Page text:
For longevity I think lacquer may be the way to go. Each has advantages and disadvantages !
|Grindstone Cowboy||18/11/2021 12:22:24|
|893 forum posts|
Another big fan of Renaissance Wax here - I'm sure it does not contain any silicones. About six months ago I polished up an old brass oil lamp (didn't get three wishes, though) using Autosol, then gave it a coat of Renaissance Wax, nothing done to it since. The bright mirror finish dulled very slightly immediately the wax was applied, but has remained exactly like that since with no further dulling. Stored indoors, no heat applied, so can't say how it might react on, say, a working boiler, but I'd certainly give it a try.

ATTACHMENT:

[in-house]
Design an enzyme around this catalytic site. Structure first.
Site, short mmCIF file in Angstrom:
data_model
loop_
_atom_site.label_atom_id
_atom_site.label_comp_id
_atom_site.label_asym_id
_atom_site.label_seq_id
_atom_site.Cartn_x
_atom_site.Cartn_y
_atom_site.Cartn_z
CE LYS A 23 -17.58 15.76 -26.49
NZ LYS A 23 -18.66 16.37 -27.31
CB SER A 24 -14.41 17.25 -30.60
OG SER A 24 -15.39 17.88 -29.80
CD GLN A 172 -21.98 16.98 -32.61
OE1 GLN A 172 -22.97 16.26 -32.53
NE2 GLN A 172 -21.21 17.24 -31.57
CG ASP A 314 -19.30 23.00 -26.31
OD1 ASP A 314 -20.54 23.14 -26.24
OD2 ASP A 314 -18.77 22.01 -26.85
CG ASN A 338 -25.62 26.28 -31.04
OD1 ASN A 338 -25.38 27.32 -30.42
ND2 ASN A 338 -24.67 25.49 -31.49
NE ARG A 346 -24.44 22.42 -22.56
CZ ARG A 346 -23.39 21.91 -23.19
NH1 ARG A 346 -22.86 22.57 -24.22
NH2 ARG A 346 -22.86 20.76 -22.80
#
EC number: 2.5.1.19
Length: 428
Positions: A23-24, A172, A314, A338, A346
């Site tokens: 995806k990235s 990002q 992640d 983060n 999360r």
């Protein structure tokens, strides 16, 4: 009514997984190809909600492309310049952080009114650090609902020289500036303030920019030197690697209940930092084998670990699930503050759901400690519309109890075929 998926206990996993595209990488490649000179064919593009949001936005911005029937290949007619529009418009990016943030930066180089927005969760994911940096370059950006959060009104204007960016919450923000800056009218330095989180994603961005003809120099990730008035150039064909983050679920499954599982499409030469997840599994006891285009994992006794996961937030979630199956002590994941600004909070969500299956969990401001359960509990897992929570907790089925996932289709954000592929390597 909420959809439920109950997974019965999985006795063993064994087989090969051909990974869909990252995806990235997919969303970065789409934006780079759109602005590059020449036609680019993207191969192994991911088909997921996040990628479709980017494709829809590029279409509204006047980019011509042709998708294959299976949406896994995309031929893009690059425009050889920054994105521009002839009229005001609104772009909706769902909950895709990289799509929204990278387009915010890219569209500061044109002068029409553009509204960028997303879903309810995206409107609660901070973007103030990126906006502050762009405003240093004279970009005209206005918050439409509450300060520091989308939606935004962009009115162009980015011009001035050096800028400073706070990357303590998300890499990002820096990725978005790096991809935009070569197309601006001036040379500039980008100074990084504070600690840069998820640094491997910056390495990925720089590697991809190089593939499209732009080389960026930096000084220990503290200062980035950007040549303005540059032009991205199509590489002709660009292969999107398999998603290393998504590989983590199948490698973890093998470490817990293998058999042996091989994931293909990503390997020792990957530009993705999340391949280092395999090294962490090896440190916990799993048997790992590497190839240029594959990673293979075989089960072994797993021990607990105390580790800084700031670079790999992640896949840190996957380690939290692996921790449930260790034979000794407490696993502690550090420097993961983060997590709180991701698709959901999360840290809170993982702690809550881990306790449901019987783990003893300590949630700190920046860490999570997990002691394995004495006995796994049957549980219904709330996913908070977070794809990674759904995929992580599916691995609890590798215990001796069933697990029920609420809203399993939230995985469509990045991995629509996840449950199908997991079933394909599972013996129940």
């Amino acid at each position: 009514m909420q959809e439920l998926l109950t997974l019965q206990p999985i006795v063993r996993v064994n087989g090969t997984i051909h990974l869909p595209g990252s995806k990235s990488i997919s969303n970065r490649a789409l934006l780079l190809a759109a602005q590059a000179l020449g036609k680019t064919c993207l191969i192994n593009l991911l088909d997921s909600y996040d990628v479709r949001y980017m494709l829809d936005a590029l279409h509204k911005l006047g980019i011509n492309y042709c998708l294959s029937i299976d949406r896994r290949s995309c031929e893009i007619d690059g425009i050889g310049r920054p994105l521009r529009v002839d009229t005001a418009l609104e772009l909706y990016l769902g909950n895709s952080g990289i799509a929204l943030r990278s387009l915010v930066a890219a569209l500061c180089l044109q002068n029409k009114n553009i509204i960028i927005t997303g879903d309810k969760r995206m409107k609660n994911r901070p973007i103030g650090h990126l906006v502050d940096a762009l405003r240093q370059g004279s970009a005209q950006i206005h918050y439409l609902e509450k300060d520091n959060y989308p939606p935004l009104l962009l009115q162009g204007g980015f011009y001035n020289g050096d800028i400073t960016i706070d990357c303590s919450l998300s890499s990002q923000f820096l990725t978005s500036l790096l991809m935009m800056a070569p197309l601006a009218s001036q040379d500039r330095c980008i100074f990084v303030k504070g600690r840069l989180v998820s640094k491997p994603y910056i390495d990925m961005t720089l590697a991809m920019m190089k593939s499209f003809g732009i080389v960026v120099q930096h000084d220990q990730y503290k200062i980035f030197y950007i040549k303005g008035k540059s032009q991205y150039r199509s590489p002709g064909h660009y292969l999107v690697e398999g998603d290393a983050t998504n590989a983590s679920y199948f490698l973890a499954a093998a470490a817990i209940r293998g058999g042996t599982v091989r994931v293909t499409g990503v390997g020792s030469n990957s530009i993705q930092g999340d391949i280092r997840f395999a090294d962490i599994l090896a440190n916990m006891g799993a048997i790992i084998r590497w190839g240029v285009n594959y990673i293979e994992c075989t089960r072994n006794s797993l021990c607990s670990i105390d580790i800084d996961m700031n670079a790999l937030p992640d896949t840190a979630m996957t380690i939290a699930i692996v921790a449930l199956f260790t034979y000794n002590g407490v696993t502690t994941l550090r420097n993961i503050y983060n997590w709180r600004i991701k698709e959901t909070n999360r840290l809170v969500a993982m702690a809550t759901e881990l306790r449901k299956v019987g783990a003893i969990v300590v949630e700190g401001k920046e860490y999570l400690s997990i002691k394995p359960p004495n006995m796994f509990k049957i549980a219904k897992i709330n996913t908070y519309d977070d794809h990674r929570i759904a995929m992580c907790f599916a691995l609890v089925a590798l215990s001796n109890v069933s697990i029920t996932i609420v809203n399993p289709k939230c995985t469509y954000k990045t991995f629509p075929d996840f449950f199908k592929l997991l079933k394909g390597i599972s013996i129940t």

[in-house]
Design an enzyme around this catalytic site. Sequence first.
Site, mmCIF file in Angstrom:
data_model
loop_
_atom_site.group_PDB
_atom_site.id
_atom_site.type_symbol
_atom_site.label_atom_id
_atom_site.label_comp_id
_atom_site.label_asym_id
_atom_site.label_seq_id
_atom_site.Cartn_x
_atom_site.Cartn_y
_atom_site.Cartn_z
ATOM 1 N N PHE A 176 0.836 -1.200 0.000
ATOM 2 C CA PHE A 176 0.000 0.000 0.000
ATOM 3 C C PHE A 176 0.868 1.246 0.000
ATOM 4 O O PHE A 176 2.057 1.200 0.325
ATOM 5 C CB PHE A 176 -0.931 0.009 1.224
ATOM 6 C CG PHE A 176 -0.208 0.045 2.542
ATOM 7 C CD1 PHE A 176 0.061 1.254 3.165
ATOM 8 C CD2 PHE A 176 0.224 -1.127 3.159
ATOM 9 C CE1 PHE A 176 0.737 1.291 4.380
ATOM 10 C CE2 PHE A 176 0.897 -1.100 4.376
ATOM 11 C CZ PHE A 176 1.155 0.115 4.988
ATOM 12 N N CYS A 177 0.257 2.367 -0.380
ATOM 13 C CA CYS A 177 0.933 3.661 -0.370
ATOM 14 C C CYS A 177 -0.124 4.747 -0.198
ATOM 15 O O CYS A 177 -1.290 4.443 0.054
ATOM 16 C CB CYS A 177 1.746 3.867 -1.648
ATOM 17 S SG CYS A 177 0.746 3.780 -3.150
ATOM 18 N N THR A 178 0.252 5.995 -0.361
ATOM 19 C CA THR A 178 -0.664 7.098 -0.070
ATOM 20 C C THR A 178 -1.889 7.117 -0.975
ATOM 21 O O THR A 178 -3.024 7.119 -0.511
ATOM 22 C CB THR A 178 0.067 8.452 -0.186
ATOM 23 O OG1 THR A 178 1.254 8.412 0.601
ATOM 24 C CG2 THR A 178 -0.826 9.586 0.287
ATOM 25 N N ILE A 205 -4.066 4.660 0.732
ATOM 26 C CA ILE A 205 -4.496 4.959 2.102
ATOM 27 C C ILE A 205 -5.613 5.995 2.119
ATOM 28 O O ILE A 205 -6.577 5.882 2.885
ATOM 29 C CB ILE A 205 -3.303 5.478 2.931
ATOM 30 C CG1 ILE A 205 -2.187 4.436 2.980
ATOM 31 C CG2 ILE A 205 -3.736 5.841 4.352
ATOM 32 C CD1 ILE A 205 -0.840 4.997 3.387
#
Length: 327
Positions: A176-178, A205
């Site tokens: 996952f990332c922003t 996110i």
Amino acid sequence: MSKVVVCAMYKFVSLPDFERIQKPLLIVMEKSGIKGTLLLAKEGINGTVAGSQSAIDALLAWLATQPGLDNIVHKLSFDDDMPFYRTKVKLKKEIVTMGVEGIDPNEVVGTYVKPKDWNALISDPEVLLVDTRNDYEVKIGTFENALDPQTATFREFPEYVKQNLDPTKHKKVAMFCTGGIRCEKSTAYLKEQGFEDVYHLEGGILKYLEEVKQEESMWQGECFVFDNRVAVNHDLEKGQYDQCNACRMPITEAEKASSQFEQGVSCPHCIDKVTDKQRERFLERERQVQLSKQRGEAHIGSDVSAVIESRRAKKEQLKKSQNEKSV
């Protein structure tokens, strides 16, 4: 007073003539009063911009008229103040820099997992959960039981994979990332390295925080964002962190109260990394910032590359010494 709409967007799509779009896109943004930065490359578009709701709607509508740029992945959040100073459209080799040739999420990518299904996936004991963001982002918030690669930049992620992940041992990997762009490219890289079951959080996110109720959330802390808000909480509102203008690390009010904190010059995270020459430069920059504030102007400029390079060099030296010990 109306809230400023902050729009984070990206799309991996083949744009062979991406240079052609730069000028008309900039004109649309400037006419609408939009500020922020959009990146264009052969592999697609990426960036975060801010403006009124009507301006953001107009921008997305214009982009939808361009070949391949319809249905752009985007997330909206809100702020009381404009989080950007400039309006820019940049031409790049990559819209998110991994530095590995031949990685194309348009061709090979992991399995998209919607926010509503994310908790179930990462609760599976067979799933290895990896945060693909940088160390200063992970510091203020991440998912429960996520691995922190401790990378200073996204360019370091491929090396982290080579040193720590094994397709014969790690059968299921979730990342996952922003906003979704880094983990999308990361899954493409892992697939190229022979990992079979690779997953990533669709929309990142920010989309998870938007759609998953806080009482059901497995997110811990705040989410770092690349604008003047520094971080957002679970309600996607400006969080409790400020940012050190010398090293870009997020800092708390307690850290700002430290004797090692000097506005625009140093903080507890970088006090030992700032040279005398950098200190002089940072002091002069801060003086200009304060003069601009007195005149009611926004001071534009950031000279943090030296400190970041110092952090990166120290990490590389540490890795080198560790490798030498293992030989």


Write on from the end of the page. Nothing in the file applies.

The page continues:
|Clive Hartland||18/11/2021 14:02:16|
2837 forum posts
There is a product called Frigiline, mainly used on silver. Look it up, quoted at £17.00 or so per can.
Sprayed or brushed and is very thin.
|Bob Stevenson||18/11/2021 18:26:53|
|579 forum posts|
Rod Jenkins et al,......I do believe you are correct about Renaisance Wax being parafin based,..a slip of the fingers on my part!
However, my word of caution stands,.....some musical instrument repair specialists will not take bare brass instruments for plating if they have been treated with Renaisance Wax or similar because removal (and thus good plating) is extremely difficult.
|Tim Stevens||18/11/2021 20:21:29|
1622 forum posts
Avoid heat, and fumes of any sort. Particularly fumes of animal origin, and any veg containing sulfur*, such as onions, leeks, chives, garlic.
* the spelling Sulphur has now been abandoned to avoid confusion. I await with interest the attack on our honour, along with colour, jewellery, axe, etc etc.
|Paul Lousick||18/11/2021 21:13:44|
|2071 forum posts|
Avoiding heat and fumes is very difficult on a fire/steam engine if you want to drive it.